Awarded annually to a student in the Master's or Doctoral program in Astronomy. The award is based on a variety of criteria, and no minimum academic mark is required. The recipient will be selected by a committee of the Department of Physics & Astronomy.
The current value of this award is $2,300 (CDN).
Professor Emeritus William H. Wehlau of the Department of Astronomy (now The Department of Physics and Astronomy) died unexpectedly on February 24, 1995 in Cape Town, South Africa, where he was attending a meeting on Astronomical Applications of Stellar Pulsations with his wife Amelia. While there, he suffered a stroke and went into a coma from which he never recovered.
Professor Wehlau studied at the University of California at Berkeley, where he was awarded a Ph. D. in 1953. After two years at Case Institute of Technology, he came to Western as an NRC Postdoctoral Fellow. He became an Assistant Professor in the Department of Mathematics and Astronomy in 1957. In 1959 he was promoted to Associate Professor, and in 1961 to Professor. He started Western's present Department of Astronomy in 1966, and served as Department Head until his retirement in 1991. He was responsible for expanding the Department to its present size, and obtained the funding support for the Elginfield Observatory with its 1.2-m telescope.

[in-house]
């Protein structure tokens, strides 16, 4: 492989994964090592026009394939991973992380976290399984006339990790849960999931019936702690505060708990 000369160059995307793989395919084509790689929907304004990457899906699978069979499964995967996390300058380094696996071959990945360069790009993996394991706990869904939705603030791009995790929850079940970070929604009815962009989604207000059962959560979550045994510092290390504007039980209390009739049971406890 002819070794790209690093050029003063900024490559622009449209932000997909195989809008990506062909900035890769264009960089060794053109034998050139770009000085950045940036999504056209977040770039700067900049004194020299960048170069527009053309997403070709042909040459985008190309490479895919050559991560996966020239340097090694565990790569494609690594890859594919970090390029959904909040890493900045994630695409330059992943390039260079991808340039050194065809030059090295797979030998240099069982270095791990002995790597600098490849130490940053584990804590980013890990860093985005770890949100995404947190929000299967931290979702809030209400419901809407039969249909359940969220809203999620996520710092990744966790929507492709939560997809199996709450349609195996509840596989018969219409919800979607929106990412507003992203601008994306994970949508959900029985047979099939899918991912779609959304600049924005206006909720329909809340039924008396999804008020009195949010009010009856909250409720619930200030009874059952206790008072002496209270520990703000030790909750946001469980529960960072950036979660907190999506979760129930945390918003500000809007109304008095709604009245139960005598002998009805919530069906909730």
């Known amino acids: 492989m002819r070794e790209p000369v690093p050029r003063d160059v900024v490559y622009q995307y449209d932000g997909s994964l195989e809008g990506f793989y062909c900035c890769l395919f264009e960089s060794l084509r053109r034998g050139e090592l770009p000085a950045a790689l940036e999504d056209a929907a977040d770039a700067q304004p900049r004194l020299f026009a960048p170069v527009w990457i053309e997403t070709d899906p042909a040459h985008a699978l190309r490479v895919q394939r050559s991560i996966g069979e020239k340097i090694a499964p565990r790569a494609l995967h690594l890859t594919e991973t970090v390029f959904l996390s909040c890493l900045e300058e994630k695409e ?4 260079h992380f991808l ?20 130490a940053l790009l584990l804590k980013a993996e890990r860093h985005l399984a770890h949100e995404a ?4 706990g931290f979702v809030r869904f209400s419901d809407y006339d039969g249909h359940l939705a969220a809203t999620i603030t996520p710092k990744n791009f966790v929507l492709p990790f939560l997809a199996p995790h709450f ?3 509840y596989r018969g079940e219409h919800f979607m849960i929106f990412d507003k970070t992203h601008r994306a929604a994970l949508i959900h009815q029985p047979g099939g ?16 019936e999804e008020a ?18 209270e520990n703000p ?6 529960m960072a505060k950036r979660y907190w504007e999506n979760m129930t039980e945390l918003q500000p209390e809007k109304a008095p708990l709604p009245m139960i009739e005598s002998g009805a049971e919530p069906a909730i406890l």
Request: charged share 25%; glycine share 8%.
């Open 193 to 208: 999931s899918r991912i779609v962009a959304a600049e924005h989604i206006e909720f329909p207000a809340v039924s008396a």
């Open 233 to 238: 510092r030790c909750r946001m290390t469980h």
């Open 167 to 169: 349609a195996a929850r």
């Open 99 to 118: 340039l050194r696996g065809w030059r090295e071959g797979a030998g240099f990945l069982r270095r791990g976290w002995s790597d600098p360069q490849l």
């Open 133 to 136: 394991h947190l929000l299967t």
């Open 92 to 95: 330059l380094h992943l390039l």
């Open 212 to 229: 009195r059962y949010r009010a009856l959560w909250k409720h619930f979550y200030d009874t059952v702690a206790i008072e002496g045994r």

He was always active in research, both as an observer and as an organizer of collaborative projects, and was author or co-author of more than 50 journal papers during his career. He was a regular visitor to the 3.6-m Canada-France-Ha waii Telescope, and was in fact scheduled to observe in March 1995.
Professor Wehlau gave a great deal of his time and energy to service of the Canadian astronomical community. He was a member and Chairman of the NRC Grant Selection Committee for Space and Astronomy from 1969 to 1971.
He was a member of the NRC Associate Committee on Astronomy from 1960 to 1982, and its Chairman during 1979-82. He was closely involved in developing the collaboration with France that eventually led to the building of the Canada-France-Hawaii telescope; he was a member of the Scientific Advisory Council from 1974 to 1979, and its Chairman in 1978-79, and then served during 1980-85 on the Board of Directors, of which he was President in 1984 and 1985.
Most recently, he was Chair of the Gemini - Twin 8 Meter Telescope Review Committee for NSERC and NRC, and Chair of the Canadian Astronomical Society Awards Committee.
He is survived by his wife Amelia and their four children, Ruth, Jeanne, Alice, and David, and by two grandchildren .
The Department of Physics and Astronomy is presently accepting contributions to this fund.
Kindly send contributions to the following address:
The Department of Physics and Astronomy,
London, Ontario, Canada